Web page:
Parents of school-aged children and recent Grade 12 graduates in School District 20 will receive their child’s report card in the next few weeks, confirmed the district superintendent Friday.
But the information will be basic, and only include an attendance record, grade promotion statement, or in some cases, a “standing granted” notation.
The B.C. public teachers dispute had school districts scrambling to issue year end report cards after a full scale withdrawal of teaching services on June 17.
Although methods of delivery vary depending on each school district, locally, simplified report cards will be issued to K-7 students the first week of July.
By July 11, an attendance record, Semester One final marks, and available Semester Two grades will be issued for Grade 8-9 students.
“Due to the ongoing labour dispute, we are unable to report in the usual manner,” said Greg Luterbach, SD 20’s superintendent in a June 27 email to parents.
“Your child has been given ‘standing granted’ or SG for all courses in which final marks have not been provided,” he explained.
Since Grade 8 and 9 marks are not used for scholarship purposes or post-secondary entry, he noted there is no negative impact by the use of the standing granted mark.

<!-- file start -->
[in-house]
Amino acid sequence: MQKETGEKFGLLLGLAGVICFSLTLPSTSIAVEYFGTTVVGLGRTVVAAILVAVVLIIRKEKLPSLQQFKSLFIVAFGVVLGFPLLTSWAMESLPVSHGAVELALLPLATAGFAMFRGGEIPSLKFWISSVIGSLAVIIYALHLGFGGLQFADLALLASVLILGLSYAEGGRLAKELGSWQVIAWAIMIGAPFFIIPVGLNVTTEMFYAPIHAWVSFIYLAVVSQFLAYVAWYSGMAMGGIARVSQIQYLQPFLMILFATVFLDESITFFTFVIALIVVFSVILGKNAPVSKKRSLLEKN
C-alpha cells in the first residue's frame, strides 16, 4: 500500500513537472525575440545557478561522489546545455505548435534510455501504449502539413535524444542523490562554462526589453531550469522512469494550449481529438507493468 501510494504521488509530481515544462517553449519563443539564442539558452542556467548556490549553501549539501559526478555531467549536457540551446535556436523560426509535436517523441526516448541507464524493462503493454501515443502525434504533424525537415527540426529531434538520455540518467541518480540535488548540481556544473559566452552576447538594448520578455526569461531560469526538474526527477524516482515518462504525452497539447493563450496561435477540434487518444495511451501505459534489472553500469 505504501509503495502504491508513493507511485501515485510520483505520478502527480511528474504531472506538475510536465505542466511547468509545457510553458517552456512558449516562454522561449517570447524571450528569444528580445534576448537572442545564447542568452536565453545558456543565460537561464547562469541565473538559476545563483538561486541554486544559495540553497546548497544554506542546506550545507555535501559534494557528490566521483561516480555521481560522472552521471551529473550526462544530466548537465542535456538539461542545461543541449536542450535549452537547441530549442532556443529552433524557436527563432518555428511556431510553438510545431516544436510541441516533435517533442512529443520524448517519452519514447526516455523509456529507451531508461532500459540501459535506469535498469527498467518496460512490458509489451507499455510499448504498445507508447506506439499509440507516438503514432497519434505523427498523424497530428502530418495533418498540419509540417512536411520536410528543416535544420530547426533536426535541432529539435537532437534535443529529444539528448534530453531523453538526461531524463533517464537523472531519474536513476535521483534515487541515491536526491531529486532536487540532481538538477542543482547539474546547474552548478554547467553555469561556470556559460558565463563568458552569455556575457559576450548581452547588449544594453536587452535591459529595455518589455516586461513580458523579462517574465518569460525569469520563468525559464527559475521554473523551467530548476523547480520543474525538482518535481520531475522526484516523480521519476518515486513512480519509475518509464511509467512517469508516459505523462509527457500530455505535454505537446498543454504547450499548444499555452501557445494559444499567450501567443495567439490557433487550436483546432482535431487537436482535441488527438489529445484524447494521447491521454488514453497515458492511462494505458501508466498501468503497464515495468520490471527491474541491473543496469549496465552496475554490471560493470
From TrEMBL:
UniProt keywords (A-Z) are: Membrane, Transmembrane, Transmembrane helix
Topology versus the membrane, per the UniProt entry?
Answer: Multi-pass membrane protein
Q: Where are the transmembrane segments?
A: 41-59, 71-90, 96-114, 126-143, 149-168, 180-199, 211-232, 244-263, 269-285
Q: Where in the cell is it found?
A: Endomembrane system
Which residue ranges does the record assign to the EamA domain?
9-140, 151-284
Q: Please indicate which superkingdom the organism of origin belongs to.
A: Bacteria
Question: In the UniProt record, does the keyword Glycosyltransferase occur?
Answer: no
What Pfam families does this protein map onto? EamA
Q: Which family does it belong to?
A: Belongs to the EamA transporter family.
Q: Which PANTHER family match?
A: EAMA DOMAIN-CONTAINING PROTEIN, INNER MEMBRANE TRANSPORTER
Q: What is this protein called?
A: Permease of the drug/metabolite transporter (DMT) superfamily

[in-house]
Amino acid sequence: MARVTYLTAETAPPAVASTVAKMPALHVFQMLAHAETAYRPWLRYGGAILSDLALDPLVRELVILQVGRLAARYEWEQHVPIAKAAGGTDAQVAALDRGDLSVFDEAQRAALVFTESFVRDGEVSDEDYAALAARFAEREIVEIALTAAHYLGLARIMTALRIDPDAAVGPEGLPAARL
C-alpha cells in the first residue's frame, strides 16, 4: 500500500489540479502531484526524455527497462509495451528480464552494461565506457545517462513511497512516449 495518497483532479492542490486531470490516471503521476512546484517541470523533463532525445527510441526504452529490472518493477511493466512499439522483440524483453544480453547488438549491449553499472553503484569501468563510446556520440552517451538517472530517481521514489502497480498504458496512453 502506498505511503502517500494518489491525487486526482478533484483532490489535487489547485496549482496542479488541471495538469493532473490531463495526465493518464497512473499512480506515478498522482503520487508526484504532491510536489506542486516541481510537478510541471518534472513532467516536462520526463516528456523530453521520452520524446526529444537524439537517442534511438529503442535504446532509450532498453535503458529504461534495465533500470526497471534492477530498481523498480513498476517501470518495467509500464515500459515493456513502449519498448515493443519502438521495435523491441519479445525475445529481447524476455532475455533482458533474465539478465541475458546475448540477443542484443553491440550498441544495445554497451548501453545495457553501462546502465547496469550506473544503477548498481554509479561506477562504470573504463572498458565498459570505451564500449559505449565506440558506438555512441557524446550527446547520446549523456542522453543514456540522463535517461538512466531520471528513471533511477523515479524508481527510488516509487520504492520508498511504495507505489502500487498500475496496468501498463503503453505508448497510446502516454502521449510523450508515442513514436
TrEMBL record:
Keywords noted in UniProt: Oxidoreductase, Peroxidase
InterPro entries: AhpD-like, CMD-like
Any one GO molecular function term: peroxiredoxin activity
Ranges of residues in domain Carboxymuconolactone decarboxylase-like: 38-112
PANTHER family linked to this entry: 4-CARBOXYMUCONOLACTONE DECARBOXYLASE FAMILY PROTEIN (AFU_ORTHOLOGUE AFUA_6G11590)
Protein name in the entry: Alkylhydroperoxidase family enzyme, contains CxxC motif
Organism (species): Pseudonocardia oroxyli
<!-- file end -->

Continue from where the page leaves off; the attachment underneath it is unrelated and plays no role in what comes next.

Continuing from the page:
“The SG designates that the students will be advanced in those courses to the next grade level,” Luterbach said, adding that parents should contact the school if advancement to the next grade level in a specific course was “not appropriate.”
The school district will email or mail report cards for Grades 10 to 12 by July 11, including students of J.L. Crowe Secondary, Kootenay Columbia Learning Centre (Trail campus and online learning centre) and Stanley Humphries Secondary.
“Again, due to the ongoing labour dispute we are unable to report in the usual manner,” said Luterbach.
The Labour Relations Board determined final marks for these grades are an essential service and teachers are required to provide the information for reporting to parents and post-secondary.
“This report card therefore provides attendance information and school based final marks only,” Luterbach added.
Those final grades will be released to the Ministry of Education, combined with provincial exam results, and made available for students’ graduating transcripts.
“Ensuring that all graduation credits are documented, available for students transcripts, and accessible by post-secondary institutions if requested,” Luterbach said.
In a deal to end the strike, the province’s offer of a $1,200 signing bonus to members of the BC. Teachers’ Federation expired Monday. Class size, wages and support staff numbers are the key issues in the dispute.
B.C.’s labour board ruled last week that teachers must hold summer classes for students in Grades 10 to 12 who failed courses during the year and can’t retake them in the next school year.
The board had asked school districts to submit a list of courses and the number of educators needed to teach them to the teachers’ union earlier this week.